TI HDC1000EVM Sensor Evaluation Module - Review

Table of contents

RoadTest: TI HDC1000EVM Sensor Evaluation Module

Author: michaelwylie

Creation date:

Evaluation Type: Independent Products

Did you receive all parts the manufacturer stated would be included in the package?: True

What other parts do you consider comparable to this product?: Sensirion SHT11, Sensirion SHT21, Silicon Labs Si7201, ST HTS221, and Measurement Specialists HTU21D

What were the biggest problems encountered?: Demo software was not performing well. Drivers are not Windows 8 friendly.

Detailed Review:


Everyone seems to be making temperature and relative humidity (T&RH) sensors recently. At one point, if I recall correctly, Sensirion had the market for T&RH sensors. The SHT1X series of T&RH sensors has been a go-to for over 10 years. The downside, though, is the SHT1x series is expensive at over $10 per sensor, even in bulk purchases. I suspect the SHT2x series by Sensirion was created as a low cost alternative of the SHT1x, but it’s still over $4. Table 1 outlines a comparison amongst a selection of T&RH sensors available as of this writing. Examine the table and notice something interesting: three of the sensors are pin compatible.


I remember Sensirion and Measurement Specialties (MS) having pin compatible sensors. Then along came Silicon Labs (SiLabs) with a new, less expensive, and pin compatible alternative. Now, TI has released the HDC1000. It’s very similar in specification to any of the alternatives, but in bulk quantities it’s only $2.2. My only quam: it’s not pin compatible with the above mentioned sensors. I’m sure there is a good argument for not conforming, but it shouldn’t come as a surprise that it isn’t pin compatible.


Table 1: T&RH Sensor Comparisons. Green highlights are pin compatible.

VendorTexas InstrumentsSensirionSensirionSilicon LabsST MicroelectronicsMeasurement Specialties


RH Range0 - 100%0 - 100%0 - 100%0 - 100%0 - 100%0 - 100%
T Range-40 °C - 125 °C-40 °C - 123.8 °C-40 °C - 125 °C-40 °C - 125 °C-40 °C - 120 °C-40 °C - 125 °C
RH Accuracy±3%±3%±2%±3%4.5%, 20 to +80°C±2%
T Accuracy0.2°C (5 - 60 °C)0.4 °C0.3 °C0.4 °C (-10 to 85°C)0.5 °C,15 to +40°C0.3 °C
T Resolution14 bits14 bit14 bit14 bit16 bit14 bit
RH Resolution14 bits12 bit12 bit12 bit16 bit12 bit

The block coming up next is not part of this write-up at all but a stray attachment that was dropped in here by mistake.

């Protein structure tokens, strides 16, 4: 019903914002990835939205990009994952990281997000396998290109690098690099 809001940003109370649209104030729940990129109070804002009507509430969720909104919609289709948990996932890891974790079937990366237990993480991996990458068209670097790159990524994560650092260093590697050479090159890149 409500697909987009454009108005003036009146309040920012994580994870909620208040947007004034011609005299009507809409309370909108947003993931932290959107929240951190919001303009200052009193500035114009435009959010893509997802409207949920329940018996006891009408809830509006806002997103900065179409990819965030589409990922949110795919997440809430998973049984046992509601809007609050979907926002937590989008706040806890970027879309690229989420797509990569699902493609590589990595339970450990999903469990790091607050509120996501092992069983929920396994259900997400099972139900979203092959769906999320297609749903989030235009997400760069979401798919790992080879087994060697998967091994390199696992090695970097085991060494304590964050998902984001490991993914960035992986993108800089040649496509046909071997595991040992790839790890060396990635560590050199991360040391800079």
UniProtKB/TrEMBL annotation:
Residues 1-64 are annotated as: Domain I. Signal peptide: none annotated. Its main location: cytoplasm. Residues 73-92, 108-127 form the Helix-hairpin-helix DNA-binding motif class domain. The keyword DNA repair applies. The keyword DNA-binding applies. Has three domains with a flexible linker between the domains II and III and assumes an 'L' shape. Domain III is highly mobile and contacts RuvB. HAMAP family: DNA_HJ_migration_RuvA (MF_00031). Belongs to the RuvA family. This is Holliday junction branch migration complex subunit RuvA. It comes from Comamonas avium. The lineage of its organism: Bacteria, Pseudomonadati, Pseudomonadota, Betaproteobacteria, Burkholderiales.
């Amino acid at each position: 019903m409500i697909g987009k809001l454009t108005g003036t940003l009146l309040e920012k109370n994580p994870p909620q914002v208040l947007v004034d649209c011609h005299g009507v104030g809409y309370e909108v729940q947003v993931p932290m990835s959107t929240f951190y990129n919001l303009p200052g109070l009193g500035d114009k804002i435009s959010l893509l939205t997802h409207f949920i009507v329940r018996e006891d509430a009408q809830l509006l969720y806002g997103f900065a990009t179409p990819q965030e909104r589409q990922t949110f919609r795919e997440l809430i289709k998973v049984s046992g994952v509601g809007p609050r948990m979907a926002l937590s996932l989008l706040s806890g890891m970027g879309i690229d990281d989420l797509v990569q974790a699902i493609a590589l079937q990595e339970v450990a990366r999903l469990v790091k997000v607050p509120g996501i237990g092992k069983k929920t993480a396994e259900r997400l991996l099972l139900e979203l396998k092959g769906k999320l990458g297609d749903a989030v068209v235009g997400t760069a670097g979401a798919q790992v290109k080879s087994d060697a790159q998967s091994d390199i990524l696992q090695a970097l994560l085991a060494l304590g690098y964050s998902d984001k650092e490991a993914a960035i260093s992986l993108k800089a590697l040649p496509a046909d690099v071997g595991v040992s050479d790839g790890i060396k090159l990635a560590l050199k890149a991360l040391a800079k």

Power Dissipation4 uW (11 bit, 1sps)300 uW (12 bit, 1sps)9.36 uW (8 bit 1sps)~24 uW (14 bit, 1sps) *6 uW?2.7 uW (8 bit 1sps)
T Response TimeN/A30 sec max30 sec max5 s (mounted)15 s10 s
RH Response Time15 sec8 sec8 sec18 s10 s10 s

The green bolded options are pin compatible.

*estimated from Datasheet parameters.



Installing the EVM software

This was definitely not a fun experience, but it was no fault of TI. As an engineer I really hate Windows 8’s signed driver requirements. Windows 7 warned you that the driver was not signed, but allowed you to install it anyway. Windows 8 just stops the install procedure and you have to reboot the machine in a special mode to install an unsigned driver. It’s rubbish.


Running the EVM software


I had major issues with the software. I’ll let the numbers speak for themselves:

  • I started by asking the software for 100 samples and it quit after about 34.
  • Once it quit: clicking stop & start has no effect. Reopened the software and it didn’t find the module. Had to remove and reinsert the module for it to work.
  • Asked for 101 samples with period 500 ms. Taking way more than 101 samples. Seemed to stop after about 150 samples. Had to restart the software.
  • Asked for 101 samples again, it quit after 75.


Figure 1: Snapshot of the EVM software running.


So, at this point it's obvious the software has major issues. It’s slightly infuriating, but I understand the module is not a data logger. The software is only meant to evaluate the sensor, but it still needs a major debugging. Next I ran a test of the sensor. Here is a picture of the test setup:


Figure 2: Test setup for the evaluation module.


I used a heat gun to raise the temperature of the module to about 120 °C. The maximum of the sensor is 125 °C. We can see from the graph in Figure 3 that the sensor recovered well. Interestingly, the sensor still reports a relative humidity when the temperature is above 100 °C. I’ve always wondered why these type of sensors simply don’t include a flag to indicate the temperature is too high for a relative humidity measurement, but I wouldn’t hold that against the manufacturer. Maybe there is a flag and I missed it, or maybe it should be simply understood by the user that relative humidity above 100 °C is bogus.


Figure 3: Sensor Response.


Finally, I put the module into a Raspberry Pi 2 and tried out Doug Wyman’s code for reading from the module. This worked fantastic and the results were great, which allows me to conclude that the sensor is fine and the issues are with the EVM software.



Despite all the trouble I had, I like the sensor. It works and it’s inexpensive. As an engineer I hate that it’s not pin compatible, but from a business perspective I understand why it isn’t. The meters I design all have optional probe accessories for temperature, relative humidity, and pressure. In the future I would consider this sensor, but currently I prefer the pin compatible options. I can definitely see the HDC1000 being attractive for high volume design.


Until next time ...